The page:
Secretion of Folded Recombinant Proteins for Enhancing the Production of Complex Proteins in Bacteria
Background Bacteria are a common source of recombinant proteins for a variety of research, therapeutic, and vaccine applications. Recombinant proteins accumulating intracellularly often form insoluble inclusion bodies. Extraction of properly folded recombinant proteins from inclusion bodies is a complicated, cumbersome, and expensive process. The formation of unwanted disulfide couplings in refolded proteins greatly complicates the process of necessary disulfide bond formation in recombinant products. Therefore, researchers have sought alternative means of protein expression.
Secretion of protein from bacteria offers an attractive alternative. However, the bacterial periplasmic space is devoid of chaperone activities. Many proteins do not fold well within the bacterial periplasmic space in the absence of these activities and form inclusion bodies. As a result, the diversity of protein expression libraries is limited by the restrictions imposed by secretory or cytoplasmic expression. Bypassing these limitations will likely expand the diversity of polypeptide sequences in combinatorial libraries and thus, the ability to isolate novel binding proteins and enzymes.
Invention Description The invention provides methods for using the Twin Arginine Translocation (TAT) pathway in bacteria to produce heterologous polypeptides that have multiple disulfide bonds. Further, a dramatic increase in the production of useful complex proteins can be obtained in cells that have been engineered to co-produce high levels of disulfide isomorases. The dual application of the TAT pathway and expression of disulfide isomerase greatly broadens the array of proteins that can be produced in a properly folded and functional form by bacterial systems, opening vast new production and discovery opportunities for researchers.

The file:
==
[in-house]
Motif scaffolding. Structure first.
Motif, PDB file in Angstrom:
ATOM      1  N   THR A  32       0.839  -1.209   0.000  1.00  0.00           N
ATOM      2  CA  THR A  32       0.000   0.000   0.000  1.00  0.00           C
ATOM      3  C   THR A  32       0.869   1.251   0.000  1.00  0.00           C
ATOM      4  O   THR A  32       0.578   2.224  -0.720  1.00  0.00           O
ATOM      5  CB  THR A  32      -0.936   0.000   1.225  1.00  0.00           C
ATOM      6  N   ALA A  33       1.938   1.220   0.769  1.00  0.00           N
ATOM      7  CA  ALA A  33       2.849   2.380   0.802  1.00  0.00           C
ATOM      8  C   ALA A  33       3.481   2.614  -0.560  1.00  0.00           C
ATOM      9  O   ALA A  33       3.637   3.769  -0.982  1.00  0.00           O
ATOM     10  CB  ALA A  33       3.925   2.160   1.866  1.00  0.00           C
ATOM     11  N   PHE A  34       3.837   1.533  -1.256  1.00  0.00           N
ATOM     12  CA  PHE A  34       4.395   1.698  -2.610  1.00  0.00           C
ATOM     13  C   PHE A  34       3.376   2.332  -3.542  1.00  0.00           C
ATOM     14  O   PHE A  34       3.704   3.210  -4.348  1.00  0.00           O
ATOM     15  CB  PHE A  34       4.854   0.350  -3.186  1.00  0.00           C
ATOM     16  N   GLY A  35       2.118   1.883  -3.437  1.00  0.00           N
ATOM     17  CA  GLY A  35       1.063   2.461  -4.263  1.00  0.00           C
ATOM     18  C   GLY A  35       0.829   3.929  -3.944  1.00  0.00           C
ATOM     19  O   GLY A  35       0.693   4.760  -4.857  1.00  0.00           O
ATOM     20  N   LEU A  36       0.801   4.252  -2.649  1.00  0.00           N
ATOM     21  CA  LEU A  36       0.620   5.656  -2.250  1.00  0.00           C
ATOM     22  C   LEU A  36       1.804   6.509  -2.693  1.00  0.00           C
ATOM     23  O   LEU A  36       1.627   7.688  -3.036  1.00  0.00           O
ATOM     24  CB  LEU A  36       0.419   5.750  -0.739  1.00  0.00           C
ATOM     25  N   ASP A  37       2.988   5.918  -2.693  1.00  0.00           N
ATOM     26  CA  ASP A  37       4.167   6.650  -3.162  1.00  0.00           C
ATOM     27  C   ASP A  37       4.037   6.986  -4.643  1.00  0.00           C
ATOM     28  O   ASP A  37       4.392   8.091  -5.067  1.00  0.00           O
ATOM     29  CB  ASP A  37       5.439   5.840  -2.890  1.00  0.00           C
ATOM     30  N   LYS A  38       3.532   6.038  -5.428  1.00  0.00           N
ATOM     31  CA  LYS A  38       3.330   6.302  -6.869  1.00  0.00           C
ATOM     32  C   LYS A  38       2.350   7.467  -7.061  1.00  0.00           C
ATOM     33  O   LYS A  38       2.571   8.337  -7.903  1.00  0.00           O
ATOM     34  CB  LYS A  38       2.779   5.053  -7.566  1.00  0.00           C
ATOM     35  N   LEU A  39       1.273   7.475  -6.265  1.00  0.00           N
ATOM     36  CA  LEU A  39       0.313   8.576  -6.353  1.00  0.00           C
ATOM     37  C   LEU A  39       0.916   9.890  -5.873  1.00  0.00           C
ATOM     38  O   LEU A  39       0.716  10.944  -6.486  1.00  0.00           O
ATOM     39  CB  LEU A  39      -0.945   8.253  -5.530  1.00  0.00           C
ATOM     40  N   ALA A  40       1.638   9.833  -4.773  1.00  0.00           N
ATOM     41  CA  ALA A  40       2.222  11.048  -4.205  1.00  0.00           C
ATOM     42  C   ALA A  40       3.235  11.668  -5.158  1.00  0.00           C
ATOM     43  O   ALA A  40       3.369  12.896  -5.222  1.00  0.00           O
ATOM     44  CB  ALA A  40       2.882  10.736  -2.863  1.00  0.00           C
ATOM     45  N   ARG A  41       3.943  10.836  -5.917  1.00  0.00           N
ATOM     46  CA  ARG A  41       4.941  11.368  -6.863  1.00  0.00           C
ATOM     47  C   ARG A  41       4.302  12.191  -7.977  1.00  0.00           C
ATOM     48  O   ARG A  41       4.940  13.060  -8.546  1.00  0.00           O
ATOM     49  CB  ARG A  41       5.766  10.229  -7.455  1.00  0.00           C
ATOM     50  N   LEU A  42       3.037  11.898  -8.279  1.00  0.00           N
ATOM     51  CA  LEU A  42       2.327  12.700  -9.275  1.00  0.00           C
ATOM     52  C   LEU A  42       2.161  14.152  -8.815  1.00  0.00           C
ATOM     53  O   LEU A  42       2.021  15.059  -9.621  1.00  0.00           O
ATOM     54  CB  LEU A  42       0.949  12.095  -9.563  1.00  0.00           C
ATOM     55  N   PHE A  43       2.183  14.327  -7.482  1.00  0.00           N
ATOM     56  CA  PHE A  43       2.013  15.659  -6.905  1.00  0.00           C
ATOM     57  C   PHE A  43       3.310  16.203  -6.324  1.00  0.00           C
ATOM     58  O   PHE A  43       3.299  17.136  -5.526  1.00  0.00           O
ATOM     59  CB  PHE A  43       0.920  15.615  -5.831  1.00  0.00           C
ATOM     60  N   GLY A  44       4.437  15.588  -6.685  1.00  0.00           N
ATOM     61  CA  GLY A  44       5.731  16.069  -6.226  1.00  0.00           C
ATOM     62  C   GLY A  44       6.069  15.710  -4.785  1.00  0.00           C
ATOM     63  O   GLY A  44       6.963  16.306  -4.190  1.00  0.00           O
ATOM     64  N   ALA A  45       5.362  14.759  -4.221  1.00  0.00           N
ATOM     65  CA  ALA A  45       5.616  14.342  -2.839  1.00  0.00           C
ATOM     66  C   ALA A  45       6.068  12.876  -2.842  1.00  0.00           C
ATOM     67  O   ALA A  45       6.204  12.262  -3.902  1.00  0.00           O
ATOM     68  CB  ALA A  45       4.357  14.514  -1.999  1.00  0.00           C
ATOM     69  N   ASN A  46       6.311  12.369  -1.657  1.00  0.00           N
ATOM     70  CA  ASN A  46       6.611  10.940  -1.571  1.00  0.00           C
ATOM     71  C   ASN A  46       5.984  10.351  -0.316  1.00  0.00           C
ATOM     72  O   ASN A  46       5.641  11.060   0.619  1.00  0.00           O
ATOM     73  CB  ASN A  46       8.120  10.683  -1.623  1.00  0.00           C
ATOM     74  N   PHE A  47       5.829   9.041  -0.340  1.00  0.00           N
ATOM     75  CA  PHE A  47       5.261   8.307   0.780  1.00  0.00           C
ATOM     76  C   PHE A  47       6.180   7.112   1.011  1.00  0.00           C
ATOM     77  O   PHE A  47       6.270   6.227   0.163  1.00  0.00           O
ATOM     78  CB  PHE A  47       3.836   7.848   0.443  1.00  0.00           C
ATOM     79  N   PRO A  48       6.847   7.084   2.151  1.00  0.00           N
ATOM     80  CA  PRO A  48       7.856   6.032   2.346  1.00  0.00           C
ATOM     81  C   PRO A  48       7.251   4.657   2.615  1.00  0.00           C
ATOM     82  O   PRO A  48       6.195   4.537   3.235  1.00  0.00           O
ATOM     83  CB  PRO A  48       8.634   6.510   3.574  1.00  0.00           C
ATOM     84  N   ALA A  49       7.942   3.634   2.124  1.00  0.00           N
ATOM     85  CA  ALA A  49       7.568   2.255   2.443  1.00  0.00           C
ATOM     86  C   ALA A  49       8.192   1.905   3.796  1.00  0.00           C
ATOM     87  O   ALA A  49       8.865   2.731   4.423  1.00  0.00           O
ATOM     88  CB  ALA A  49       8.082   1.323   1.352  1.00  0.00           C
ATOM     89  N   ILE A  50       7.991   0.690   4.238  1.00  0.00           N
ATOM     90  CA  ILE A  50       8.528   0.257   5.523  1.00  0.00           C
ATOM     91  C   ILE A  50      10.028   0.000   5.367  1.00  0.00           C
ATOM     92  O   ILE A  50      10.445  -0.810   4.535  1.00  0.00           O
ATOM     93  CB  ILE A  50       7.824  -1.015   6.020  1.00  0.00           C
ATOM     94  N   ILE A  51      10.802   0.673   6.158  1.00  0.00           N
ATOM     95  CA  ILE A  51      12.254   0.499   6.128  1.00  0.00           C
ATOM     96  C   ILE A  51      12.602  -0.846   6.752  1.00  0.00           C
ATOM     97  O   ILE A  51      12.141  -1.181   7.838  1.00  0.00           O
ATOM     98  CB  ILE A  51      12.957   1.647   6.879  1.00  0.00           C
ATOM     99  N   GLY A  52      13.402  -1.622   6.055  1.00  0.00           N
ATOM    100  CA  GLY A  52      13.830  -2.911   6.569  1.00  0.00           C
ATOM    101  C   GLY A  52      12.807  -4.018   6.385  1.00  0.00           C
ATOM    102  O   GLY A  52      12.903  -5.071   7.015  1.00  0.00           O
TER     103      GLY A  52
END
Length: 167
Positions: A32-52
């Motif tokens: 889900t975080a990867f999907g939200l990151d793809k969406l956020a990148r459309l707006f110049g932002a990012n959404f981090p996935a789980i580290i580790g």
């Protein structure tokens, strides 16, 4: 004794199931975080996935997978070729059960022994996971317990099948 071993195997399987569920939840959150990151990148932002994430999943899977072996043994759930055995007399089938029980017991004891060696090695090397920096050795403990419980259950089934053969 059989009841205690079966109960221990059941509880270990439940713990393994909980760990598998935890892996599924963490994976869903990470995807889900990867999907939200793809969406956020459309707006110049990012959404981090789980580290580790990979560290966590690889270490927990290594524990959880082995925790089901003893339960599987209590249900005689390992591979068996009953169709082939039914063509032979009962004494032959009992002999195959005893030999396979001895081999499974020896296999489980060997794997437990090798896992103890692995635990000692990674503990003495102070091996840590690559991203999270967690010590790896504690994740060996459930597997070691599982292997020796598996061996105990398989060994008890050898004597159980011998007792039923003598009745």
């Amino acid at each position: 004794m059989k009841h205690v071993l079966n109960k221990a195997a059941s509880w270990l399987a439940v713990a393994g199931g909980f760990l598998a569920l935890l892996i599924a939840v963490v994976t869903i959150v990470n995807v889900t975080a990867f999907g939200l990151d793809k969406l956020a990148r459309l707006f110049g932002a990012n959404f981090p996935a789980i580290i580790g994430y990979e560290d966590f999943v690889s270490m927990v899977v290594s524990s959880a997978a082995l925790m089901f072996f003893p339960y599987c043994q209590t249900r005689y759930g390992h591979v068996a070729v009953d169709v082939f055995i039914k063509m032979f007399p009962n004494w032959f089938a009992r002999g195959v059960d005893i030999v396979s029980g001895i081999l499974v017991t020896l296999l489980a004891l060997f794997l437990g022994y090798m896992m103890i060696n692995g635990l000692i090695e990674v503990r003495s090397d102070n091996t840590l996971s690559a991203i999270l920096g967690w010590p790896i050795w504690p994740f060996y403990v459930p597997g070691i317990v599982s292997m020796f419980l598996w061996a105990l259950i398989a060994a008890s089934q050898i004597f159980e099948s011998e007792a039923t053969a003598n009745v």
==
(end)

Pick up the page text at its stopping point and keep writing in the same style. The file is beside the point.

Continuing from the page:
New opportunities for bacterial expression of complex proteins
New methods of screening polypeptide libraries Improved production of recombinant proteins
IP Status Two foreign patent application filed
UT Researcher George Georgiou, Ph.D., Chemical Engineering, The University of Texas at Austin Lluis Masip, BS, Chemical Engineering, The University of Texas at Austin Matthew DeLisa, Ph.D., Chemical Engineering, The University of Texas at Austin Laura Segatori, BS, Chemical Engineering, The University of Texas at Austin
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